Simon’s Crossing – review

I received an opportunity to read and review Simon’s Crossing by Charles William Asher and Dennis Patrick Slattery. Asher is an Episcopal priest, and he has written this story using Simon the Cyrene as the main character. This is a imagining of what the man might have been like, why he was in Jerusalem, and how carrying the cross for Christ along the road to Golgotha may have affected his life.

The story is interesting, as we get to know Simon’s wife and his two sons, Alexander and Rufus. We also see the brutal rule of the Romans and the struggles of the Jews of the time. Much of the Bible story and church history is also included. We meet Veronica, Mary the mother of Jesus and Mary Magdalene, as well as Joseph of Arimathea and others. The different aspects of the crowd responding to Pontius Pilate and along the long walk are all shown and described well. The origin of some of the holy relics are also described.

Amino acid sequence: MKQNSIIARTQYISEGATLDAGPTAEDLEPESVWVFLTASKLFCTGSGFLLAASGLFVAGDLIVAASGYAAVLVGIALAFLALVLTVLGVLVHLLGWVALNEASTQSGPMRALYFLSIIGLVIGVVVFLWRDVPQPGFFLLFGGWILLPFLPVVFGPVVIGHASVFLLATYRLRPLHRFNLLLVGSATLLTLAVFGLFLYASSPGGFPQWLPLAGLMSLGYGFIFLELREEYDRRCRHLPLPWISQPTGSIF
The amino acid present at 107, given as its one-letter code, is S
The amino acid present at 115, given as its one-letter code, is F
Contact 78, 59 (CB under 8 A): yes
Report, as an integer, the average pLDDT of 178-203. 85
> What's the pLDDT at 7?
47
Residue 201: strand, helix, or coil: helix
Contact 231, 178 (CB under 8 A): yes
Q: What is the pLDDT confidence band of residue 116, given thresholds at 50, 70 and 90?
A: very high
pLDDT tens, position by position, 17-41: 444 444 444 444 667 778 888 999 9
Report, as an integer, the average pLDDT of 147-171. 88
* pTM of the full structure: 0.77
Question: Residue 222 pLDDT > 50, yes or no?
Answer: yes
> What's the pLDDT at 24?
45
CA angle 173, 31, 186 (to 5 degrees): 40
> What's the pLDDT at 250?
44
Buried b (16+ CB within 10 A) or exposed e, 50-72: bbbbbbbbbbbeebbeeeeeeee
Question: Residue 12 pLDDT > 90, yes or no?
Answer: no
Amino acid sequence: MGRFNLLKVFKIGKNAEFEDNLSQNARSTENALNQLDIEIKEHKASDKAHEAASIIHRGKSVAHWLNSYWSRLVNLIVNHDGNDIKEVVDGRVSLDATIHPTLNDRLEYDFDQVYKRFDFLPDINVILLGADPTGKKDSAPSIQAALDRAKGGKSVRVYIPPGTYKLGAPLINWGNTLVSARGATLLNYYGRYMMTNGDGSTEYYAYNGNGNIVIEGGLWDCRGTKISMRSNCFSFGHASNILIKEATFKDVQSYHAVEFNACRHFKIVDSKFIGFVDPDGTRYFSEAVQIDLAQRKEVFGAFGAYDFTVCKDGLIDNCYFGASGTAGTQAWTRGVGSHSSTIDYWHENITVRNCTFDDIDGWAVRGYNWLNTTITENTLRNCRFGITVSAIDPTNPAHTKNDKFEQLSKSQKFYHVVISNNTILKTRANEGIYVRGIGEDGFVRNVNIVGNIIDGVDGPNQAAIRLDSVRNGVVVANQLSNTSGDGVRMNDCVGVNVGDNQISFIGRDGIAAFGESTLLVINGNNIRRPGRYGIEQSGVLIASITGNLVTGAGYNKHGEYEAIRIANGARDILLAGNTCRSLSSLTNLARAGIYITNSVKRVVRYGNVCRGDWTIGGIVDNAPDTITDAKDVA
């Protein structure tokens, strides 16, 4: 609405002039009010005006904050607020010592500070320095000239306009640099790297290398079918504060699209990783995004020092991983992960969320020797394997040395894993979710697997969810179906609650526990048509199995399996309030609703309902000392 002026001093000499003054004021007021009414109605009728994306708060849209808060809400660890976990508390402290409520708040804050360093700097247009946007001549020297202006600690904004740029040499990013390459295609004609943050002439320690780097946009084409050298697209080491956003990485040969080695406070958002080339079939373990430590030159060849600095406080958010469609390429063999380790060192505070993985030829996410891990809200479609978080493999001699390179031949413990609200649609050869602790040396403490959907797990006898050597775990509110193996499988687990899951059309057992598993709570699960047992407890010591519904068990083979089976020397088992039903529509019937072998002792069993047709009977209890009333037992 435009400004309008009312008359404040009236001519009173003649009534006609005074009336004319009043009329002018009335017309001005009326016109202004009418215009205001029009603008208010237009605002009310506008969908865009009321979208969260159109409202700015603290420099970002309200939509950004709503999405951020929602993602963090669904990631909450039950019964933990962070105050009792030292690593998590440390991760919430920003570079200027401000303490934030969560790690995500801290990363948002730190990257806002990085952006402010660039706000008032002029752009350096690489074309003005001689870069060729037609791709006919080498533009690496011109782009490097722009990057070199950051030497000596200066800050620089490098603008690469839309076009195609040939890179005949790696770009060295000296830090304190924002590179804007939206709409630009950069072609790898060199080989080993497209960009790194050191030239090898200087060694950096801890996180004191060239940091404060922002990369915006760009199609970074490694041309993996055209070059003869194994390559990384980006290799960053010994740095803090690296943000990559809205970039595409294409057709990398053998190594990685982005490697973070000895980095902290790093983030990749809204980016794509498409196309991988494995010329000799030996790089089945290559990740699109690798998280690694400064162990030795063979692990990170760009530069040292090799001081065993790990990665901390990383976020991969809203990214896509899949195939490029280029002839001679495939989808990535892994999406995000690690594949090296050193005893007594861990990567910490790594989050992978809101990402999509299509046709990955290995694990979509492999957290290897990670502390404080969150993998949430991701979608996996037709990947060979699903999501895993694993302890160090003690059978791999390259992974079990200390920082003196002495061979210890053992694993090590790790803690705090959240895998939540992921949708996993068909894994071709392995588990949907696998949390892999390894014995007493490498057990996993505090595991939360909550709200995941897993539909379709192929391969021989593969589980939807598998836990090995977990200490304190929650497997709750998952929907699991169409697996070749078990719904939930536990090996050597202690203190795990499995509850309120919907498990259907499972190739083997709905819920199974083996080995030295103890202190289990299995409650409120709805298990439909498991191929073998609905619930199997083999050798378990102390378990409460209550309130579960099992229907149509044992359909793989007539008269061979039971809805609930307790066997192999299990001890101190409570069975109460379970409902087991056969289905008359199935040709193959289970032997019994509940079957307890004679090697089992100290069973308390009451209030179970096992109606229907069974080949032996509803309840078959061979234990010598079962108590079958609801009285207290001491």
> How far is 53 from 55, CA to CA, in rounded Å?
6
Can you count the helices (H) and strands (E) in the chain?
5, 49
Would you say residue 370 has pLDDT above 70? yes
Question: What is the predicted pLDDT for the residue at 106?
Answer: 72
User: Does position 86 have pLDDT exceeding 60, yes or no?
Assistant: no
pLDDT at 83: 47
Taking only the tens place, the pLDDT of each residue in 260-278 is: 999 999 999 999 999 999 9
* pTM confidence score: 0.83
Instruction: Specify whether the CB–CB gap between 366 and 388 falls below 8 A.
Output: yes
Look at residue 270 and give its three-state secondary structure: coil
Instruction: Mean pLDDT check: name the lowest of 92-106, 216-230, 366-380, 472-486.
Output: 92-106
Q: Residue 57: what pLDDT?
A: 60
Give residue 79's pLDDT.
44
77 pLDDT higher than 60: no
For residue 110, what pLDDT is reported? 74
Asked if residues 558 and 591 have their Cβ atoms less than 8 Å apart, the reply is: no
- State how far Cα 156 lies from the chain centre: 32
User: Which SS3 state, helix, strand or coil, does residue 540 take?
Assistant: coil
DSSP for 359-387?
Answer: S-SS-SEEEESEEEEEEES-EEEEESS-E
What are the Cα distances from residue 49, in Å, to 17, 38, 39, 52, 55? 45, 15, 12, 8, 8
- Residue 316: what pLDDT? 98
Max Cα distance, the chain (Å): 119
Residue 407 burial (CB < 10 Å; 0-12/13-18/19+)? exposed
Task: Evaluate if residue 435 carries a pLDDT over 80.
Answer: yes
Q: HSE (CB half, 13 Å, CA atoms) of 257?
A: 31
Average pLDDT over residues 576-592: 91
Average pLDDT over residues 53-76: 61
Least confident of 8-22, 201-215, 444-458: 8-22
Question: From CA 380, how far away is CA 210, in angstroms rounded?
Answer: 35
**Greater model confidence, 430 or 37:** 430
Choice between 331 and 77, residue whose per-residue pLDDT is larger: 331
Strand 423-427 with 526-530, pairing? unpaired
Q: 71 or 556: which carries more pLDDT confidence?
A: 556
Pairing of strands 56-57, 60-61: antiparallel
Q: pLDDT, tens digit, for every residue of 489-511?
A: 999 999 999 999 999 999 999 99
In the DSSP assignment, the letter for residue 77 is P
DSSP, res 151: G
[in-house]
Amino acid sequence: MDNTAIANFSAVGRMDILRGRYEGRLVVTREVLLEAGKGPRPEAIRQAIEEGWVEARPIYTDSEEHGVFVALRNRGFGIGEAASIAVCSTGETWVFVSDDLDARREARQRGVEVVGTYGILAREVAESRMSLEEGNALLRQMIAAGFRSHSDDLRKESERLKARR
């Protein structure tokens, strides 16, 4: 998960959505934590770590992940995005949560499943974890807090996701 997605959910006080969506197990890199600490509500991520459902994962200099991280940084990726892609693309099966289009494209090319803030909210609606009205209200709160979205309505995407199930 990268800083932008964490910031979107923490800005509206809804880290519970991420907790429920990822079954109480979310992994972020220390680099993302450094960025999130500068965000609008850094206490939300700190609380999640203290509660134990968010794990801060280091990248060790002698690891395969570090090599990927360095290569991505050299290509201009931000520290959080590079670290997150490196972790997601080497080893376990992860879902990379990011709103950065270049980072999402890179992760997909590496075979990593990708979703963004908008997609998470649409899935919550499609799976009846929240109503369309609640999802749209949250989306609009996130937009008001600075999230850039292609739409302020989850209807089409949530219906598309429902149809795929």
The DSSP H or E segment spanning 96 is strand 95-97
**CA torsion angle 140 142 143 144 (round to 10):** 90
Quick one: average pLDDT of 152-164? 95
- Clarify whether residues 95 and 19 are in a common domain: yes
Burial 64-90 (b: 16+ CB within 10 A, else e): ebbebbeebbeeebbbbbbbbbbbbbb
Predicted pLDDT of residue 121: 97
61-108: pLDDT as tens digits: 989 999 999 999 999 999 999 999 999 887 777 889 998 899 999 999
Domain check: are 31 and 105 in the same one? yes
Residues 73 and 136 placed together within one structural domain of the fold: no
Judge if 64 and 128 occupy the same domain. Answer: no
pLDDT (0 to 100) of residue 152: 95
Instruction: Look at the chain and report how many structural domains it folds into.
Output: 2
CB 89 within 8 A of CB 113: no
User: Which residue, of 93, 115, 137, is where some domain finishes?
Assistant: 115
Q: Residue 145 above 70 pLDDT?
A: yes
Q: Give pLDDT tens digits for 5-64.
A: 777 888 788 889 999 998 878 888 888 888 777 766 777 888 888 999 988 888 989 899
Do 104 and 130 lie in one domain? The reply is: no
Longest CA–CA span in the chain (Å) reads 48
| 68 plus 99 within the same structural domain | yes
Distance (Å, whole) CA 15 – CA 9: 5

The subject and the confusion and the purpose of the crucifixion are handled well in this novel. I am not Episcopal (or Catholic) so I don’t hold to all the traditions told as part of the story, but that didn’t detract in any way. By focusing on Simon, we see the struggle and pain of Jesus from a very understandable point of view, and we watch Simon’s perspective change as he suffers in such close intimacy with Jesus.

Some of the writing style was not as tight as it could be, with some shifts of topic being disjointed and repetitive in an attempt to reinforce the emotions and struggles. But it is a very readable story.

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